John Gong

Dr John Gong is a professor of economics at the University of International Business and Economics in Beijing, where he teaches and researches in areas of finance, industrial organisation, and competition policies. He is a prolific researcher and writer with a list of publications in leading international academic journals, and an op-ed columnist for several newspapers in Asia.
John Gong
Dr John Gong is a professor of economics at the University of International Business and Economics in Beijing, where he teaches and researches in areas of finance, industrial organisation, and competition policies. He is a prolific researcher and writer with a list of publications in leading international academic journals, and an op-ed columnist for several newspapers in Asia.

Latest from John Gong

China and the US must narrow the trade gap by boosting trade, rather than curbing it
Corporate China in danger of a crash
China's unjust labour camps must go
Chinese boycott of Japanese products over Diaoyus makes no sense
The missing Chinese in the Chinese dream
How fair is China's crackdown on anti-monopoly behaviour?

The dairy industry is probably the sickest industry in China. Its products are sick. Its managers cheat. The indigenous dairy industry has witnessed one scandal after another, from melamine milk to leather milk and other chemical formulations that are beyond people's imagination. The dairy industry is so sick that consumers in China have totally abandoned indigenous brands, opting for imports instead.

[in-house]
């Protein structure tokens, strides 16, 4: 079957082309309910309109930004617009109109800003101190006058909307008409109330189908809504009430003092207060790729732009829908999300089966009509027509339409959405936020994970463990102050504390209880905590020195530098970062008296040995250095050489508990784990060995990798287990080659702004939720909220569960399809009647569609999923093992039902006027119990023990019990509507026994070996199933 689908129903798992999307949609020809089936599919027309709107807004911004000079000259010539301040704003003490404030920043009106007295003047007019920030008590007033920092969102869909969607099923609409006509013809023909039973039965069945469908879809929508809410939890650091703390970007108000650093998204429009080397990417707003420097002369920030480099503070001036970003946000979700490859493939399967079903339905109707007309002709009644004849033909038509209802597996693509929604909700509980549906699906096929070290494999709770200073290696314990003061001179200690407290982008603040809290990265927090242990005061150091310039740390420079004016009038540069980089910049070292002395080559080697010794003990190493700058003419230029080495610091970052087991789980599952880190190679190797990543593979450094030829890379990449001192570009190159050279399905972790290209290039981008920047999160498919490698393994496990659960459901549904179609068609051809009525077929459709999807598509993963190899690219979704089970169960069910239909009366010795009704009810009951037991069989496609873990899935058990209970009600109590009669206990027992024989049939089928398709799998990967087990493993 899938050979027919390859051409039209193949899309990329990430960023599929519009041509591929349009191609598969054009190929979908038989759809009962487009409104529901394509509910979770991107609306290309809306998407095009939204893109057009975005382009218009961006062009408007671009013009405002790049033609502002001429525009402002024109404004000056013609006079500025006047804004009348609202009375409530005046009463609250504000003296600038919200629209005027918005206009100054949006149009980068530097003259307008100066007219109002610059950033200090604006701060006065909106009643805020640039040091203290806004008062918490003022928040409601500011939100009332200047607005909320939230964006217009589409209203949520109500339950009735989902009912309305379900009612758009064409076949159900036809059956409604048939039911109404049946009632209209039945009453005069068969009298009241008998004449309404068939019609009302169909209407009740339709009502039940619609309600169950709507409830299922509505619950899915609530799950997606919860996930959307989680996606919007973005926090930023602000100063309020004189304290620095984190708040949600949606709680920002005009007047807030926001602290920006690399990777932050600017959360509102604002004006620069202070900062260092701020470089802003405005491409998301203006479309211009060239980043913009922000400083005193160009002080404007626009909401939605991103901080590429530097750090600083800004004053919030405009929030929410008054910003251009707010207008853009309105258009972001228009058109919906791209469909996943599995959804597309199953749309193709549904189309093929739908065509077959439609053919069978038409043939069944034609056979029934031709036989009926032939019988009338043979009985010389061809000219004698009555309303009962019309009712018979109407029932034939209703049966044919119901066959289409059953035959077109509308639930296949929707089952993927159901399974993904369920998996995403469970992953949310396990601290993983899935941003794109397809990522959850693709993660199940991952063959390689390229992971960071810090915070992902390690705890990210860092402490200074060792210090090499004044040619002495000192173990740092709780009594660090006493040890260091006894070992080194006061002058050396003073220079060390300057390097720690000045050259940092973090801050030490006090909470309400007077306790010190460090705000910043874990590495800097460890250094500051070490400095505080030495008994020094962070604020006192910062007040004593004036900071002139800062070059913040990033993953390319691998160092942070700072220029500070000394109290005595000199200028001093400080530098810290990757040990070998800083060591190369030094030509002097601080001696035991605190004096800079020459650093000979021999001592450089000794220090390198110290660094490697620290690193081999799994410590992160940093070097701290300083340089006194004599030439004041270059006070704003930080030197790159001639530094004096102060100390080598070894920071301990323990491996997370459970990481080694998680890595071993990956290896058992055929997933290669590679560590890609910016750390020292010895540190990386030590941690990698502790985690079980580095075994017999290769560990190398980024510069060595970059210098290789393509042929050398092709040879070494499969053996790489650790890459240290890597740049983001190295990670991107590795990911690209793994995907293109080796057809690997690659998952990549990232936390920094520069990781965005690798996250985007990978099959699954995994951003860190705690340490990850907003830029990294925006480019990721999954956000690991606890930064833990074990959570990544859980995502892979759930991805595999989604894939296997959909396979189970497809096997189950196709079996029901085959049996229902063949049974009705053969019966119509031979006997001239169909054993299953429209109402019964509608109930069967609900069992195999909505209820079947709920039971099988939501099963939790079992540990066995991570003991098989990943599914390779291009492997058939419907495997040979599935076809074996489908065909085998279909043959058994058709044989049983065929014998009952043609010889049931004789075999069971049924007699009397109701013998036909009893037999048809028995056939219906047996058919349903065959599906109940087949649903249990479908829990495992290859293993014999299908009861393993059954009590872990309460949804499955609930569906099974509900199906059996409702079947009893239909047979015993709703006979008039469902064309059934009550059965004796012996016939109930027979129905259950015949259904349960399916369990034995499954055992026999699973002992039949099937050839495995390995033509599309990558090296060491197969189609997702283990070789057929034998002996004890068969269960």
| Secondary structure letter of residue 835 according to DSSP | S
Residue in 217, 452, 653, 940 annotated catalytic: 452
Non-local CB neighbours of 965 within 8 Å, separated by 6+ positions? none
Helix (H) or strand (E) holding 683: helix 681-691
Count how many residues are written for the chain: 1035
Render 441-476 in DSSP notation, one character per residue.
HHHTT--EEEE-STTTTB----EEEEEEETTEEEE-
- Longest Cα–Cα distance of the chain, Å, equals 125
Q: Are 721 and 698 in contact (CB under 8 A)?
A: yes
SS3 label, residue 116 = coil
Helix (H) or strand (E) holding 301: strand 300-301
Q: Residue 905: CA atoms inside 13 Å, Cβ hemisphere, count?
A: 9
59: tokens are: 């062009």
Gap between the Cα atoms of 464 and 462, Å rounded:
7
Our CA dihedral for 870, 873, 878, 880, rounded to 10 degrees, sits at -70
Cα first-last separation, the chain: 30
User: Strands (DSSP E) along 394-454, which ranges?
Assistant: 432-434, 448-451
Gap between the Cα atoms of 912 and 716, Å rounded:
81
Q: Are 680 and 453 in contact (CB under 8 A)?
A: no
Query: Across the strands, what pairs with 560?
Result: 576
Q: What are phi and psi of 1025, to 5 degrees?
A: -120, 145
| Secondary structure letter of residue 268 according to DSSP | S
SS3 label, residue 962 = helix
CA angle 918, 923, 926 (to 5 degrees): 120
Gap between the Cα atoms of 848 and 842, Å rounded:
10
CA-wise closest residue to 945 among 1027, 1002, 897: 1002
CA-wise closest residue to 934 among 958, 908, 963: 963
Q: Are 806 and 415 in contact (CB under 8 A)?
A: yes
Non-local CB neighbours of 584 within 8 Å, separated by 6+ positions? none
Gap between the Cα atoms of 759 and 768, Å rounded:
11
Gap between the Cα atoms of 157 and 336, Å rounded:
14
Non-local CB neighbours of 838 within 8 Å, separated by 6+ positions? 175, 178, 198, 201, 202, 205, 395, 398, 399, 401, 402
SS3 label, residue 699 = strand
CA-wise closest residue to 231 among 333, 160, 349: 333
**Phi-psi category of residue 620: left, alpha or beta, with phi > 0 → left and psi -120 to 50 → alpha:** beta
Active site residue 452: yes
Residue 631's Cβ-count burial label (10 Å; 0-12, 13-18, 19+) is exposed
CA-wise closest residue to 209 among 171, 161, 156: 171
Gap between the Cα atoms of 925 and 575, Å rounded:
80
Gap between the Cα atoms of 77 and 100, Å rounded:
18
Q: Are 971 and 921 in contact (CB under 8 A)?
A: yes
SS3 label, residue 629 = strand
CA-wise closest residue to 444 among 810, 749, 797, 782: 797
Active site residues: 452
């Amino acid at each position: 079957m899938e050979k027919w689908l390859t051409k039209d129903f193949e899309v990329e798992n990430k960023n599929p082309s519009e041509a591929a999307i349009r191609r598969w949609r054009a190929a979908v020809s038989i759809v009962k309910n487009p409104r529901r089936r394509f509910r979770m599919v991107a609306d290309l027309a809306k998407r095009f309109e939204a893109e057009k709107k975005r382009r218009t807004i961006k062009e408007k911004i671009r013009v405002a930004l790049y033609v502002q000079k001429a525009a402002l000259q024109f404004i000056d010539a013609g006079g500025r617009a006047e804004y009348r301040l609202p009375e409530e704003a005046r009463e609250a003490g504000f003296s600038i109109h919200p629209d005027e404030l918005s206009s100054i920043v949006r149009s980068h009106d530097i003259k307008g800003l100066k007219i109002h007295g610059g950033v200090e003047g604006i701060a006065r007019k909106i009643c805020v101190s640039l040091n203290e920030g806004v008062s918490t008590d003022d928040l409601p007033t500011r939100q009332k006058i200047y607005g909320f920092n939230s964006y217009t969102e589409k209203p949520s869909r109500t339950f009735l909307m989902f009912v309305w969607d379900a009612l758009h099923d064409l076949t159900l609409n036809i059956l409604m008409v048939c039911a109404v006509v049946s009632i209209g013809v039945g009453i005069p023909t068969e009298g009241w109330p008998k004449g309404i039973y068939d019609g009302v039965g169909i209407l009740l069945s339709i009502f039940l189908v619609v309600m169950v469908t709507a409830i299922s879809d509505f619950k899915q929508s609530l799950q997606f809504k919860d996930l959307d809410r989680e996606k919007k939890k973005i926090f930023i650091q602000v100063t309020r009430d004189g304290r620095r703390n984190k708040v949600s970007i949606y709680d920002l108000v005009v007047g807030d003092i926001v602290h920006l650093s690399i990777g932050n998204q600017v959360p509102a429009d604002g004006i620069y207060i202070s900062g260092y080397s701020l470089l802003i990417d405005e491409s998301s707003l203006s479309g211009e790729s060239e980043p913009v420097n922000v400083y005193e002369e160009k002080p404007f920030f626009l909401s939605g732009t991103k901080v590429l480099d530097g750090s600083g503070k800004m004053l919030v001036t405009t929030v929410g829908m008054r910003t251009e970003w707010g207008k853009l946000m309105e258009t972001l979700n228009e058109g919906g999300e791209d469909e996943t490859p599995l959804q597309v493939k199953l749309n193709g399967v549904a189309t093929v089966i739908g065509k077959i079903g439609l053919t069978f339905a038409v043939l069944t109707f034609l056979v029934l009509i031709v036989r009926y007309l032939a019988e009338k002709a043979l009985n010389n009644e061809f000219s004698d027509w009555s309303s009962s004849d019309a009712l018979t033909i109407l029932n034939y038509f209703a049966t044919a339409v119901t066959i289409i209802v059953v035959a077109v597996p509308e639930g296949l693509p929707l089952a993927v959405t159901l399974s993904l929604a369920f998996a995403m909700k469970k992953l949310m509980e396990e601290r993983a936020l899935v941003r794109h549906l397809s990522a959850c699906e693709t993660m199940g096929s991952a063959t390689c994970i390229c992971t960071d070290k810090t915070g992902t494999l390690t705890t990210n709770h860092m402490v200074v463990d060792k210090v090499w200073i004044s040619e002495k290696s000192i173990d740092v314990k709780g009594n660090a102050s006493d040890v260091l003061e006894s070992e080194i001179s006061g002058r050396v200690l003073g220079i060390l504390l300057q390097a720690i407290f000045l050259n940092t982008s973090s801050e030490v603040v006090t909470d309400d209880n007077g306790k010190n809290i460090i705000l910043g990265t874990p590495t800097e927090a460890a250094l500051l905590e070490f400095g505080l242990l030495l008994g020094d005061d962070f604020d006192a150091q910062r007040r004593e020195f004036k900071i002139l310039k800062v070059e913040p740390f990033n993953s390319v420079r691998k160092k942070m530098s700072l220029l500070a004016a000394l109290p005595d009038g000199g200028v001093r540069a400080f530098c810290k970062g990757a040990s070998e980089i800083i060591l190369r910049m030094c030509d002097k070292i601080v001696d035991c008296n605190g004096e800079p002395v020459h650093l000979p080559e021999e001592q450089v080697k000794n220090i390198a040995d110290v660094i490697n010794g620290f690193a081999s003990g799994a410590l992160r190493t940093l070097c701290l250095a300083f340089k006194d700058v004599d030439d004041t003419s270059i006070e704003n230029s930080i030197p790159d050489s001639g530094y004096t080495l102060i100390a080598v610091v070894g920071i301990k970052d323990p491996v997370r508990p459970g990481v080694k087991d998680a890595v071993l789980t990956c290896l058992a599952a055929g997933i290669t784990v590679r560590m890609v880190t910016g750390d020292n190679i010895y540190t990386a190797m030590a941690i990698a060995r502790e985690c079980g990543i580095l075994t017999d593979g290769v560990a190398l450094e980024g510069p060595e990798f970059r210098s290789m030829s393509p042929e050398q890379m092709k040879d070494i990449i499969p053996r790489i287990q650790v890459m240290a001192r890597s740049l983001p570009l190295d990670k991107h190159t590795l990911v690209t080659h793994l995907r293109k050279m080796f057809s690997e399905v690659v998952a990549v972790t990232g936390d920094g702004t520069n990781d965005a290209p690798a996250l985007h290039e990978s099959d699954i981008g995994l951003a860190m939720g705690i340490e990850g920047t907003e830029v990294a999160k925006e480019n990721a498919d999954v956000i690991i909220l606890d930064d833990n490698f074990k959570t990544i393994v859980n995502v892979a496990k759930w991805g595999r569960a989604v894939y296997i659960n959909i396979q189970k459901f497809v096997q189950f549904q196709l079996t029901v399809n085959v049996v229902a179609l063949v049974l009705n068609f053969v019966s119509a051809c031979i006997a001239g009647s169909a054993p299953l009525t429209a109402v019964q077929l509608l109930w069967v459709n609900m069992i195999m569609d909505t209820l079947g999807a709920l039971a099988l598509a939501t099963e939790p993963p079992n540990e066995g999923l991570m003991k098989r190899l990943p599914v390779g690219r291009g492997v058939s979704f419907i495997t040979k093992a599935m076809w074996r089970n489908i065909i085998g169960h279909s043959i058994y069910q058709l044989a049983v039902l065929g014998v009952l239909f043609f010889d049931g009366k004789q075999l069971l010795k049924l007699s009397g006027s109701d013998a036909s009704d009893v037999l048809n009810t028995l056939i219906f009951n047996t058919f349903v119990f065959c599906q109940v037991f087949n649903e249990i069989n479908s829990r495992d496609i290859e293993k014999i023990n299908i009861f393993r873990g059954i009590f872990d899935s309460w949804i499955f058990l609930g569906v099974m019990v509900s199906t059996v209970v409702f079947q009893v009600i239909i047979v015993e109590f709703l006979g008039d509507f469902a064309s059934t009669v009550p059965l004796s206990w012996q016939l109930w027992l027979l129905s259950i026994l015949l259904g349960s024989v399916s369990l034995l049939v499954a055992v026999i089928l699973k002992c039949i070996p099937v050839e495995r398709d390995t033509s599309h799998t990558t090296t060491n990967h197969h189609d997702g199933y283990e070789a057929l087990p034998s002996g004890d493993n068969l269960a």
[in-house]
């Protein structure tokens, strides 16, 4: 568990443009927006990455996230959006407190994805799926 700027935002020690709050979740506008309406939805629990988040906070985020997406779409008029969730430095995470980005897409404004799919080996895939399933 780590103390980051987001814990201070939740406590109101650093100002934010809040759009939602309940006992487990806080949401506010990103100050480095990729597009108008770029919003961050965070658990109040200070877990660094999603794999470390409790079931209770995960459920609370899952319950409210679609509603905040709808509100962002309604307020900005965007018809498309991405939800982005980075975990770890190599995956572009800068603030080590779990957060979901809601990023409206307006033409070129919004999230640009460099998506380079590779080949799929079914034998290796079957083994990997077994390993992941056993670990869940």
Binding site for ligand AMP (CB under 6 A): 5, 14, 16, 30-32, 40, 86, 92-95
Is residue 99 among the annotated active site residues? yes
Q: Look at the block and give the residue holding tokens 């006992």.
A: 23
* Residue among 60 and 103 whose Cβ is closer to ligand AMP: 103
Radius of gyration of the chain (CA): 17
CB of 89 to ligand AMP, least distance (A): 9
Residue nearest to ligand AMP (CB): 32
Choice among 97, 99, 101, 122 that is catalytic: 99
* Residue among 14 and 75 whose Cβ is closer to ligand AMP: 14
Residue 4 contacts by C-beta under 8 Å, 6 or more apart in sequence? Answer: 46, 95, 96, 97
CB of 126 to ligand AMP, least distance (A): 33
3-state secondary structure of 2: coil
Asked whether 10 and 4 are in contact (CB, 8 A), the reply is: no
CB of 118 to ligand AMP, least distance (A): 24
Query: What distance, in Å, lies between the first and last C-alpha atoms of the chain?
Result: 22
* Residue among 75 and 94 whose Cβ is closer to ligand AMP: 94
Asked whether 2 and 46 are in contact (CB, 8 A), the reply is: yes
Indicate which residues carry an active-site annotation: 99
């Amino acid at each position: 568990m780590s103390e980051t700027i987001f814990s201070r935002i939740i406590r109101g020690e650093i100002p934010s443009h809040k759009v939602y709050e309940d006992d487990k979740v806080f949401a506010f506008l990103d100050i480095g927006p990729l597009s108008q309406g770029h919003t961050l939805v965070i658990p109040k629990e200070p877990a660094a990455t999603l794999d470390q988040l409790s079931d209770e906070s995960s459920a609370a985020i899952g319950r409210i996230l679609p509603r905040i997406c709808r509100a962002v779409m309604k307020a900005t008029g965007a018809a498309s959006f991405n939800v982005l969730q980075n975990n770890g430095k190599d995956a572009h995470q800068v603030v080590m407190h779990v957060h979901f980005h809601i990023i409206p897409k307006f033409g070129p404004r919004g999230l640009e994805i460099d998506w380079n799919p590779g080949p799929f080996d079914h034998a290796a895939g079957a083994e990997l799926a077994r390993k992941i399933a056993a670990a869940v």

9 Aug 2013 - 2:31AM

The dairy industry is probably the sickest industry in China. Its products are sick. Its managers cheat. The indigenous dairy industry has witnessed one scandal after another, from melamine milk to leather milk and other chemical formulations that are beyond people's imagination. The dairy industry is so sick that consumers in China have totally abandoned indigenous brands, opting for imports instead.

How fair is China's crackdown on anti-monopoly behaviour?
Nexen deal shows how Chinese firms can do business in US

The fact that China National Offshore Oil Corporation's US$15.1 billion acquisition of Calgary-based Nexen went through successfully, with the required US approval, shows that direct investment capital flows from China are not always subject to political hijacking, as many on the mainland claim.

18 Mar 2013 - 1:41AM

The fact that China National Offshore Oil Corporation's US$15.1 billion acquisition of Calgary-based Nexen went through successfully, with the required US approval, shows that direct investment capital flows from China are not always subject to political hijacking, as many on the mainland claim.

Nexen deal shows how Chinese firms can do business in US